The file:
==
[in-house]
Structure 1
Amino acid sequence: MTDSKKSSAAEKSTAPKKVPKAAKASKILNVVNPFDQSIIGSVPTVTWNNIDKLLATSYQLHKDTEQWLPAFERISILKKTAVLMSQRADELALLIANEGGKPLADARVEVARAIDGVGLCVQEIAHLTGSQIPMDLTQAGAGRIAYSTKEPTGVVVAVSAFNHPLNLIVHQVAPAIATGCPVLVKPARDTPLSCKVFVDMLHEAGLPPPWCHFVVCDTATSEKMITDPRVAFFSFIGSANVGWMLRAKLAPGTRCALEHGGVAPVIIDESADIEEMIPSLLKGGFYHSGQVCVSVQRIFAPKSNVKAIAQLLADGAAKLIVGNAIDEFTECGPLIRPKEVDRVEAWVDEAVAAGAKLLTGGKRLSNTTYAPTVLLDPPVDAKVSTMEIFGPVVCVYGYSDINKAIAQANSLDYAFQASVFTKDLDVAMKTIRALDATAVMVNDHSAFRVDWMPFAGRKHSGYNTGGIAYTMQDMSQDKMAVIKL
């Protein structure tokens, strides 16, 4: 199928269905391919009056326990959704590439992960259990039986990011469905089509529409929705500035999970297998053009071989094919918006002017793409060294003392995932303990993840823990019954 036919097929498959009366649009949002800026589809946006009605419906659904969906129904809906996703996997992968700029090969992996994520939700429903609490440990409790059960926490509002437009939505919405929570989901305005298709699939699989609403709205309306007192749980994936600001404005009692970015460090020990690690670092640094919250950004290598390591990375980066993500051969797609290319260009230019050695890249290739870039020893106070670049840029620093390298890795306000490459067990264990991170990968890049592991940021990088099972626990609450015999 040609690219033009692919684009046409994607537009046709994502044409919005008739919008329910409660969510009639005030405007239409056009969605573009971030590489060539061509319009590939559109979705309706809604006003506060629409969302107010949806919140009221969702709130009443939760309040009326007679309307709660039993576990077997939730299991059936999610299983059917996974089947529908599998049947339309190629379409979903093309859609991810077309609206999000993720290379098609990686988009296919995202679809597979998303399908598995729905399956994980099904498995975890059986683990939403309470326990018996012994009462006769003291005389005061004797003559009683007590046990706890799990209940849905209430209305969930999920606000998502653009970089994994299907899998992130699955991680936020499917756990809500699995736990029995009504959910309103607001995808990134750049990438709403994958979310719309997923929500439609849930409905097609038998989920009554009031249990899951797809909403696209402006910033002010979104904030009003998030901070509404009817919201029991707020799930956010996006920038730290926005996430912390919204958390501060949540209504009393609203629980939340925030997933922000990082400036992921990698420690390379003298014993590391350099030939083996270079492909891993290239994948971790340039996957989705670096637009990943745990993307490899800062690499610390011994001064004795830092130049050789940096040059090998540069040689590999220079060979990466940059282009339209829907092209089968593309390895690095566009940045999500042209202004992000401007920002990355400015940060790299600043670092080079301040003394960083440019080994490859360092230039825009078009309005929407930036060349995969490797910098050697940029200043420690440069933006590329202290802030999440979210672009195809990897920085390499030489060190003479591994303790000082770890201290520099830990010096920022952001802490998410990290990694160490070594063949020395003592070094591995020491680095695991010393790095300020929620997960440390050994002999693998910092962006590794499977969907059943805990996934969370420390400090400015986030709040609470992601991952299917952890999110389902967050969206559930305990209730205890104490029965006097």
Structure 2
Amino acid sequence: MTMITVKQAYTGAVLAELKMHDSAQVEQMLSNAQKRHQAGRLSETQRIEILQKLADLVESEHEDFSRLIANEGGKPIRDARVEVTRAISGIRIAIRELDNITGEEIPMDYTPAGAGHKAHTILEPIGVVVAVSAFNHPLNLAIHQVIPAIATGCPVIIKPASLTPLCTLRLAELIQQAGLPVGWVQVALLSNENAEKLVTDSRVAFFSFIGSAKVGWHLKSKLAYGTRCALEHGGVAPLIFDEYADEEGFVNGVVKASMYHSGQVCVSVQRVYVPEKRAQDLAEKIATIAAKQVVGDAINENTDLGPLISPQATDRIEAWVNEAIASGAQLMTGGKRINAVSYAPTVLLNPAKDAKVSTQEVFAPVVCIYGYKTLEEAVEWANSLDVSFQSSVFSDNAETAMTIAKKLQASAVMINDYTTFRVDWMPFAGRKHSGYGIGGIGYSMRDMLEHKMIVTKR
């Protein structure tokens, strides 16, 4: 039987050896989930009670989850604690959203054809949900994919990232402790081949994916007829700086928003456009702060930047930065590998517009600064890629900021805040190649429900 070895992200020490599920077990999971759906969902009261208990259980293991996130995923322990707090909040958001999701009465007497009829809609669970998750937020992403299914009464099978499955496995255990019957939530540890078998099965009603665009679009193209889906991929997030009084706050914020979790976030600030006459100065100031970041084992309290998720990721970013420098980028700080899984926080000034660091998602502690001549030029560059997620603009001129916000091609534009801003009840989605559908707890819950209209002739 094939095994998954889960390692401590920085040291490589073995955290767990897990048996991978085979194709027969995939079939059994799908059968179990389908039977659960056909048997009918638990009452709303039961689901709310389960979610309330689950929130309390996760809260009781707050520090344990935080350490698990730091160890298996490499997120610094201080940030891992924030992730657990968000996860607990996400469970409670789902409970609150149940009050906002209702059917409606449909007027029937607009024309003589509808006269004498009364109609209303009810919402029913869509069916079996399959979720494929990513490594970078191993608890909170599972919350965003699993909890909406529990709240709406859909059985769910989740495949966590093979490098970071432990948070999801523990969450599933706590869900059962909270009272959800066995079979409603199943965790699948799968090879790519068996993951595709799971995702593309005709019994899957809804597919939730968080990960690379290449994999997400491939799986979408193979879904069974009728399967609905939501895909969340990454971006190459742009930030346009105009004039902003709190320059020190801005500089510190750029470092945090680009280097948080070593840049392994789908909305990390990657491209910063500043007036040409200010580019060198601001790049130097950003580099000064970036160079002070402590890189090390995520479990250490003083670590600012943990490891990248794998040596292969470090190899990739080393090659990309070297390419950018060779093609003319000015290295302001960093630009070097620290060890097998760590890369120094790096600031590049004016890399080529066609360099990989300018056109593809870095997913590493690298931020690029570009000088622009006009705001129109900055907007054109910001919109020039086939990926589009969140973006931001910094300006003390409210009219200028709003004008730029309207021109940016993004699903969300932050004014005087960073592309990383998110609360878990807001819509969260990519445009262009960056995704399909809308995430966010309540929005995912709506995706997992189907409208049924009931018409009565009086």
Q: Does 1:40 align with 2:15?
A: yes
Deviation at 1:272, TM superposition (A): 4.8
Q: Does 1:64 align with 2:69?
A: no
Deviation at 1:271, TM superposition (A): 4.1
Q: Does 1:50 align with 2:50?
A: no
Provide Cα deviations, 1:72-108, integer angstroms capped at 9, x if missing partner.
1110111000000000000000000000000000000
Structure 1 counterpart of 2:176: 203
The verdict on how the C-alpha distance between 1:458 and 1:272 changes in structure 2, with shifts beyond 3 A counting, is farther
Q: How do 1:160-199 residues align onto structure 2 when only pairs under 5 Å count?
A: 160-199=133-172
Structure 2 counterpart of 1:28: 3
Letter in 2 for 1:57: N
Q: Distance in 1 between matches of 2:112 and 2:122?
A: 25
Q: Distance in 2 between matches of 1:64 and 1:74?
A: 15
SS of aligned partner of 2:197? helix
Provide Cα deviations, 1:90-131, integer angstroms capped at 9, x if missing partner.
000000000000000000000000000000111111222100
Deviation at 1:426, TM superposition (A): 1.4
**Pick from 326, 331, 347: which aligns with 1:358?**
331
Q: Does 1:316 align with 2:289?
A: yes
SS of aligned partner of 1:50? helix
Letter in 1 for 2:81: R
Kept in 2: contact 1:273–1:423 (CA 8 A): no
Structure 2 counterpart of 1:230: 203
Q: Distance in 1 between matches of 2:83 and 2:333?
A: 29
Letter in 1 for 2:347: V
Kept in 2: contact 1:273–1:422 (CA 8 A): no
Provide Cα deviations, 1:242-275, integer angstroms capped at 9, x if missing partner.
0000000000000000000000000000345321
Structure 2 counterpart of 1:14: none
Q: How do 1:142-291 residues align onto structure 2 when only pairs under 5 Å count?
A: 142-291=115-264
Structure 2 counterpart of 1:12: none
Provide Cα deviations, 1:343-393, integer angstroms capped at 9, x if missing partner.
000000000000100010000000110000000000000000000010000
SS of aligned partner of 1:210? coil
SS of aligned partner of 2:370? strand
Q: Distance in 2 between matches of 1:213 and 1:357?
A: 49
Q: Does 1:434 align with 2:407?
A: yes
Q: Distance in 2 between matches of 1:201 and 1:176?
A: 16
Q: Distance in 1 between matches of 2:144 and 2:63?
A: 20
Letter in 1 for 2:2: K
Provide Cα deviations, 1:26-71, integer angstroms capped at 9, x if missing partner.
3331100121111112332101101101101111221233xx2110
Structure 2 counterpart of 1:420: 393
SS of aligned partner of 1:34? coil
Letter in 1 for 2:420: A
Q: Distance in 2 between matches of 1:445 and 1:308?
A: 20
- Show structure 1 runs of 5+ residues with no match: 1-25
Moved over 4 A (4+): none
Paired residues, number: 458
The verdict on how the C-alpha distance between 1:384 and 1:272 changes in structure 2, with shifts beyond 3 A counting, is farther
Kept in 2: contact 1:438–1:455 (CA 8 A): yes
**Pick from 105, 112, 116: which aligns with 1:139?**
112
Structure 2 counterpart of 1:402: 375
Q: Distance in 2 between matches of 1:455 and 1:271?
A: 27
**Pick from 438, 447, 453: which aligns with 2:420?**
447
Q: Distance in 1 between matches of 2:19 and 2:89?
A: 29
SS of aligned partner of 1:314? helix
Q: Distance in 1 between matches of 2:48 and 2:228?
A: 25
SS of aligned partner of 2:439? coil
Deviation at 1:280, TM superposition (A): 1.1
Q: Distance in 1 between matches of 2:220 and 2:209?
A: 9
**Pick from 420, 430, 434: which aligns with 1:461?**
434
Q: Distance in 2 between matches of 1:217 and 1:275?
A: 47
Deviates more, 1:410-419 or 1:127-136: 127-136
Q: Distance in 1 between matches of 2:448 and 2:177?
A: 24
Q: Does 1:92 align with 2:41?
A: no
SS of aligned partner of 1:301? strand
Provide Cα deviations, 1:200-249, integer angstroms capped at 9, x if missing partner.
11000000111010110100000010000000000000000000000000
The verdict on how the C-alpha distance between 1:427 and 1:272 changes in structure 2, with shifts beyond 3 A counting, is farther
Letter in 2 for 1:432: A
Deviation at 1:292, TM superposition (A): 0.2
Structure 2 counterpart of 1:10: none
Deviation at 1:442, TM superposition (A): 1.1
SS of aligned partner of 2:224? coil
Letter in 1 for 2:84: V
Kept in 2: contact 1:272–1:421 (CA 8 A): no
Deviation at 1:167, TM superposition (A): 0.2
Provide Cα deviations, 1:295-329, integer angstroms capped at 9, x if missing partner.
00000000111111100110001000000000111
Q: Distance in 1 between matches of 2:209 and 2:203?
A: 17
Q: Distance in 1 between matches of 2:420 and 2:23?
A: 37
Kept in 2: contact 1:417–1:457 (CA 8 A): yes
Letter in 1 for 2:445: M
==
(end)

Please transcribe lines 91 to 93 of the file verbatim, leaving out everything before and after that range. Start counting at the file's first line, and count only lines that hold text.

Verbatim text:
**Pick from 420, 430, 434: which aligns with 1:461?**
434
Q: Distance in 2 between matches of 1:217 and 1:275?